Busy Year Ahead for PA Air Regulation
More than any year in recent memory, 2007 is likely to bring the promulgation of many significant air quality regulatory programs in Pennsylvania. First, with its February 17 publication in the Pennsylvania Bulletin, state-specific mercury emission regulation of coal-fired electric generating units became effective. The program, superseding a less-onerous federal rule, was approved by the Environmental Quality Board ("EQB") in late 2006 but until recently had been delayed by state Senate opposition. The new regulation calls for cutting power plant mercury emissions 90 percent by 2015.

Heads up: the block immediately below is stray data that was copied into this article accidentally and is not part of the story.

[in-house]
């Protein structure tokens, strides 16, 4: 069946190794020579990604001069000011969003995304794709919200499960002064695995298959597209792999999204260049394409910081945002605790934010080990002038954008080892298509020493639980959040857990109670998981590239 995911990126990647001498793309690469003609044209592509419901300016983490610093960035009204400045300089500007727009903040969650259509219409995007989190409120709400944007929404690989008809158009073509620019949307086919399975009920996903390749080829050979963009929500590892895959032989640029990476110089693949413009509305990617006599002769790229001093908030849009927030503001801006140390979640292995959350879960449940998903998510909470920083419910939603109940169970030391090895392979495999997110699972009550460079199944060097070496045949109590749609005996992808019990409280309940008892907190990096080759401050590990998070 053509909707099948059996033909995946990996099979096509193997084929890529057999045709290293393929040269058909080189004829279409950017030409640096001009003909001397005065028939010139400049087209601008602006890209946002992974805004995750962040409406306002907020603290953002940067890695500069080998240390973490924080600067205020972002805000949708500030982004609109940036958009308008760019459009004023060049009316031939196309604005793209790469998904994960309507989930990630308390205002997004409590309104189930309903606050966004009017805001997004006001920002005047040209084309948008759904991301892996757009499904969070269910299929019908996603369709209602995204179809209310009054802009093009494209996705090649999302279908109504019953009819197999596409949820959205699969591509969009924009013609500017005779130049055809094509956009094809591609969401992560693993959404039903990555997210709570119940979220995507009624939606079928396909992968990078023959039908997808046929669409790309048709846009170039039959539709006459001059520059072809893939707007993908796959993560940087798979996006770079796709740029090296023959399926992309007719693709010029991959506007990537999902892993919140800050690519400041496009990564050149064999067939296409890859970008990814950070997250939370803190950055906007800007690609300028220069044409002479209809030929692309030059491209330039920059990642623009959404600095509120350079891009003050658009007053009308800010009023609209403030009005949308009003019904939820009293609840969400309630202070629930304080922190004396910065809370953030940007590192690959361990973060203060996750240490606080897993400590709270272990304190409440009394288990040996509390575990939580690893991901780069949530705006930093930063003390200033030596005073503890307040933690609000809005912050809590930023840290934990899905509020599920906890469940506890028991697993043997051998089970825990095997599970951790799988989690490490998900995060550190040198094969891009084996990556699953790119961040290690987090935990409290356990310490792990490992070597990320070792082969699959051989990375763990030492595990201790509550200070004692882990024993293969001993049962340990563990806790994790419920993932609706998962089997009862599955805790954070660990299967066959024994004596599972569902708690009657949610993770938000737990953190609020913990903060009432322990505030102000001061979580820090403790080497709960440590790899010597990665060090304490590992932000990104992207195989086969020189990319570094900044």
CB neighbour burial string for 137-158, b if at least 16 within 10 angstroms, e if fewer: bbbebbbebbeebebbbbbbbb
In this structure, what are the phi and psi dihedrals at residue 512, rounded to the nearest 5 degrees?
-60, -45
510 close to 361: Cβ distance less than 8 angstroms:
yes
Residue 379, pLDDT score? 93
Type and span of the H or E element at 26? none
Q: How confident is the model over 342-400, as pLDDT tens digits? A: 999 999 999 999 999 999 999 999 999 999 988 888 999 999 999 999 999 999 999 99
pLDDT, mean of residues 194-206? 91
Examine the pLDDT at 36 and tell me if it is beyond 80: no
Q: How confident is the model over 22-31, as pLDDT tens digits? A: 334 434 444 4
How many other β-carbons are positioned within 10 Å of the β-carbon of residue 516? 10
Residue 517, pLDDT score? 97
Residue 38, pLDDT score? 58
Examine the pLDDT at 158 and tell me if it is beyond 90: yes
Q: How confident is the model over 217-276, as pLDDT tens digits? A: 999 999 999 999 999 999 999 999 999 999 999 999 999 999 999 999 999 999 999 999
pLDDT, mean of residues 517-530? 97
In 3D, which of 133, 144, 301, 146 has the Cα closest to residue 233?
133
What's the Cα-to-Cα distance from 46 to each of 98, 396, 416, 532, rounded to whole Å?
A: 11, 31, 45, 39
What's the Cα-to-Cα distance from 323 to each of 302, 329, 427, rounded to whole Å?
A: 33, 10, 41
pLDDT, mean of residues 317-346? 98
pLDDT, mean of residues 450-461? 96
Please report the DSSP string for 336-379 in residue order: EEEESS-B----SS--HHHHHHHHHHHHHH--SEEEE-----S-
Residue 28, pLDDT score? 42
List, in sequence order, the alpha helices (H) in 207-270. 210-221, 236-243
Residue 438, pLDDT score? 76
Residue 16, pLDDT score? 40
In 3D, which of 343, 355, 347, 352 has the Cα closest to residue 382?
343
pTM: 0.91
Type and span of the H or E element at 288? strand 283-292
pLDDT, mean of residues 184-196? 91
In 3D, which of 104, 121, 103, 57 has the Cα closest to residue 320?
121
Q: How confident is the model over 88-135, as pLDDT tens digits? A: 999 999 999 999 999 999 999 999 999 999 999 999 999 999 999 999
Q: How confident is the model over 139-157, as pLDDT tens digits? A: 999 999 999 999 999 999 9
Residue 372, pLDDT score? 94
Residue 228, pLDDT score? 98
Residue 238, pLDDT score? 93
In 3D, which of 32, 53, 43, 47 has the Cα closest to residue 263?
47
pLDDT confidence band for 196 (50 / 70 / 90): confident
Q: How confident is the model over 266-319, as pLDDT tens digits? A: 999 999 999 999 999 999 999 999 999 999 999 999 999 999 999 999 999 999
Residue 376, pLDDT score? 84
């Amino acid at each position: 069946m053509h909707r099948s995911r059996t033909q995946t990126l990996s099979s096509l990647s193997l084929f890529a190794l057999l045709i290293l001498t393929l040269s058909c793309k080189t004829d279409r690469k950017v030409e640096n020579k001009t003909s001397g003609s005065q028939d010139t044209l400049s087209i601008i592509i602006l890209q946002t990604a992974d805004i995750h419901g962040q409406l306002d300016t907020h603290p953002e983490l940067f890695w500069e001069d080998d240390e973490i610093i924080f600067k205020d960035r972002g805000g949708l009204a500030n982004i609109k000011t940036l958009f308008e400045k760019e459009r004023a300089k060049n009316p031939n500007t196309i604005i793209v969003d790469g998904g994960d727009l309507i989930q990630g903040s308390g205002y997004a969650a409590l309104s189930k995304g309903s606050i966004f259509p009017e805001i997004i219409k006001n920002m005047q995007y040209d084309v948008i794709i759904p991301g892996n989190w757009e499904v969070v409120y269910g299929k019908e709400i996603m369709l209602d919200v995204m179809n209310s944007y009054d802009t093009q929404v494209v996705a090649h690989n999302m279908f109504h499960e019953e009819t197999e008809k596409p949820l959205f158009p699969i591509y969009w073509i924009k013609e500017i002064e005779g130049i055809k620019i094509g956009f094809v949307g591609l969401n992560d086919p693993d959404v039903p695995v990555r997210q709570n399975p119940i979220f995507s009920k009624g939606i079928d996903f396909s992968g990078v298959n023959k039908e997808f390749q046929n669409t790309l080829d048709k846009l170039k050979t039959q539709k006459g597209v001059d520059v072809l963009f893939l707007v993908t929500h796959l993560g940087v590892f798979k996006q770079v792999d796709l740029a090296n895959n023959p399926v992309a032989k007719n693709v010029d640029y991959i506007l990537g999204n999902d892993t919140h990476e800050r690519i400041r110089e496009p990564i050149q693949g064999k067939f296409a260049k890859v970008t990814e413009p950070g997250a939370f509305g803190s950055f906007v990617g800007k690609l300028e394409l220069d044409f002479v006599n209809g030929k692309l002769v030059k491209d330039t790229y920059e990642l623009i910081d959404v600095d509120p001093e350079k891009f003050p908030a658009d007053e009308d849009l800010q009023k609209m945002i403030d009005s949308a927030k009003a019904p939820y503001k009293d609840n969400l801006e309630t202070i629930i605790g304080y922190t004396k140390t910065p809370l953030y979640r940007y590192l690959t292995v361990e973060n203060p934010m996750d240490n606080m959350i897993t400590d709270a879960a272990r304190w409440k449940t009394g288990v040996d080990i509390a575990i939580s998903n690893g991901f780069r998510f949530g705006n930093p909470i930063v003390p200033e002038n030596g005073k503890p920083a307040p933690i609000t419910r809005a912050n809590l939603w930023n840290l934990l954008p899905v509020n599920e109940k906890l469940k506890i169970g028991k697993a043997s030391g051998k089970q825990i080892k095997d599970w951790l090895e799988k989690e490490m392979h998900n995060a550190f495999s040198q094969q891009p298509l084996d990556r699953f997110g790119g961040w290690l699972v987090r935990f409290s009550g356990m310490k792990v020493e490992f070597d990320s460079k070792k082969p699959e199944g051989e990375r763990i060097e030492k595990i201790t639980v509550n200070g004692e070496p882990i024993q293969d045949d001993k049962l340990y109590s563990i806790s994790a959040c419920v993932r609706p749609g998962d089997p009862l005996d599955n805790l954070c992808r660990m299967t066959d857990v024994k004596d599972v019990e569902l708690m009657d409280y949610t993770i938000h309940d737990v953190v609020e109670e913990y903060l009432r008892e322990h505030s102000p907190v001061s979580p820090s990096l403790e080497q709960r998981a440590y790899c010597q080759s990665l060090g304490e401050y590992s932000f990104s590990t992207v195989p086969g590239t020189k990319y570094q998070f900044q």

The Pennsylvania Department of Environmental Protection ("PADEP") is also advancing two other significant programs. In February, PADEP hopes to secure EQB approval of a substantially revised NSR program, with regulations effective in mid-April. These regulations would impact construction of new sources or modification of existing sources throughout the Commonwealth. They would substantially revise the existing program by changing the test for evaluating emission increases from comparing potential emission rates before and after the change to comparing past actual emissions to future projected emissions. Also, under PADEP's approach, the use of "future projected emissions" would require incorporating emission values into applicable permits. EPA may not approve the revised regulation because it does not fully conform to EPA's program. Separately, PADEP is moving forward with a state regulation to implement, or potentially expand, the federal Clean Air Interstate Rule ("CAIR"). The state program will include an allowance trading program for electric generating unit sulfur dioxide ("SO2") and nitrous oxides ("NOx") emissions.